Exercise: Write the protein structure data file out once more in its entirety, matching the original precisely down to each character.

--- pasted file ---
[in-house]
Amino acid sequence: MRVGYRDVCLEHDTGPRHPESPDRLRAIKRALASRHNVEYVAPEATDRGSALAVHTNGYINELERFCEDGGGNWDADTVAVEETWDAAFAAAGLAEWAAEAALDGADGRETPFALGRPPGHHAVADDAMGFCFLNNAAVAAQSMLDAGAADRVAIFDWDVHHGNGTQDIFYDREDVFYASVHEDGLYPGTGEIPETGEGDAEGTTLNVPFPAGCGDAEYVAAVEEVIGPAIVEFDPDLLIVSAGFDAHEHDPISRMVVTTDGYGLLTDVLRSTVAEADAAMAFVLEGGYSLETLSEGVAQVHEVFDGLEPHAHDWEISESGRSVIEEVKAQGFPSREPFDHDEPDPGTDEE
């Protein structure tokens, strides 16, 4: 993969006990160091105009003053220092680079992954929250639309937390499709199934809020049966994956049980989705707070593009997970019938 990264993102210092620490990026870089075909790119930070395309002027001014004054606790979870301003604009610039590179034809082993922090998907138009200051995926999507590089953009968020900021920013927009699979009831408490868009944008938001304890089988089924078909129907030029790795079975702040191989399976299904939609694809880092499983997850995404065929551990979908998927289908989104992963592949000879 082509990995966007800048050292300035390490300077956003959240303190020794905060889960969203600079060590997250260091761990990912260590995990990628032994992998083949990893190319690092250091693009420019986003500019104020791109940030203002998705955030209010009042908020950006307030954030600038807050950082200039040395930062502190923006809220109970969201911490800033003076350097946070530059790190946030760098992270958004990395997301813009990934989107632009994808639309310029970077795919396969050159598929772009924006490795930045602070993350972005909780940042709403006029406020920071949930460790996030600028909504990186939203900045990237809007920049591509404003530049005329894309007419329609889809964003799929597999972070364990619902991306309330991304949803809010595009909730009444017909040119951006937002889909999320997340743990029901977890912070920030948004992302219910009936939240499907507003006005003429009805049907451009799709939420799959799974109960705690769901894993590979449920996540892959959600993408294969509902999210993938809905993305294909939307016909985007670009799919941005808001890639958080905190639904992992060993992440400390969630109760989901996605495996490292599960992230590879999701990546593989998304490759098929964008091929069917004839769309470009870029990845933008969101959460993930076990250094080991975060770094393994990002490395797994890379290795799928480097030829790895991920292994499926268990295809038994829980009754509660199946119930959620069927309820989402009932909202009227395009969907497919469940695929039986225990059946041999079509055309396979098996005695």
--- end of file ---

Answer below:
[in-house]
Amino acid sequence: MRVGYRDVCLEHDTGPRHPESPDRLRAIKRALASRHNVEYVAPEATDRGSALAVHTNGYINELERFCEDGGGNWDADTVAVEETWDAAFAAAGLAEWAAEAALDGADGRETPFALGRPPGHHAVADDAMGFCFLNNAAVAAQSMLDAGAADRVAIFDWDVHHGNGTQDIFYDREDVFYASVHEDGLYPGTGEIPETGEGDAEGTTLNVPFPAGCGDAEYVAAVEEVIGPAIVEFDPDLLIVSAGFDAHEHDPISRMVVTTDGYGLLTDVLRSTVAEADAAMAFVLEGGYSLETLSEGVAQVHEVFDGLEPHAHDWEISESGRSVIEEVKAQGFPSREPFDHDEPDPGTDEE
């Protein structure tokens, strides 16, 4: 993969006990160091105009003053220092680079992954929250639309937390499709199934809020049966994956049980989705707070593009997970019938 990264993102210092620490990026870089075909790119930070395309002027001014004054606790979870301003604009610039590179034809082993922090998907138009200051995926999507590089953009968020900021920013927009699979009831408490868009944008938001304890089988089924078909129907030029790795079975702040191989399976299904939609694809880092499983997850995404065929551990979908998927289908989104992963592949000879 082509990995966007800048050292300035390490300077956003959240303190020794905060889960969203600079060590997250260091761990990912260590995990990628032994992998083949990893190319690092250091693009420019986003500019104020791109940030203002998705955030209010009042908020950006307030954030600038807050950082200039040395930062502190923006809220109970969201911490800033003076350097946070530059790190946030760098992270958004990395997301813009990934989107632009994808639309310029970077795919396969050159598929772009924006490795930045602070993350972005909780940042709403006029406020920071949930460790996030600028909504990186939203900045990237809007920049591509404003530049005329894309007419329609889809964003799929597999972070364990619902991306309330991304949803809010595009909730009444017909040119951006937002889909999320997340743990029901977890912070920030948004992302219910009936939240499907507003006005003429009805049907451009799709939420799959799974109960705690769901894993590979449920996540892959959600993408294969509902999210993938809905993305294909939307016909985007670009799919941005808001890639958080905190639904992992060993992440400390969630109760989901996605495996490292599960992230590879999701990546593989998304490759098929964008091929069917004839769309470009870029990845933008969101959460993930076990250094080991975060770094393994990002490395797994890379290795799928480097030829790895991920292994499926268990295809038994829980009754509660199946119930959620069927309820989402009932909202009227395009969907497919469940695929039986225990059946041999079509055309396979098996005695």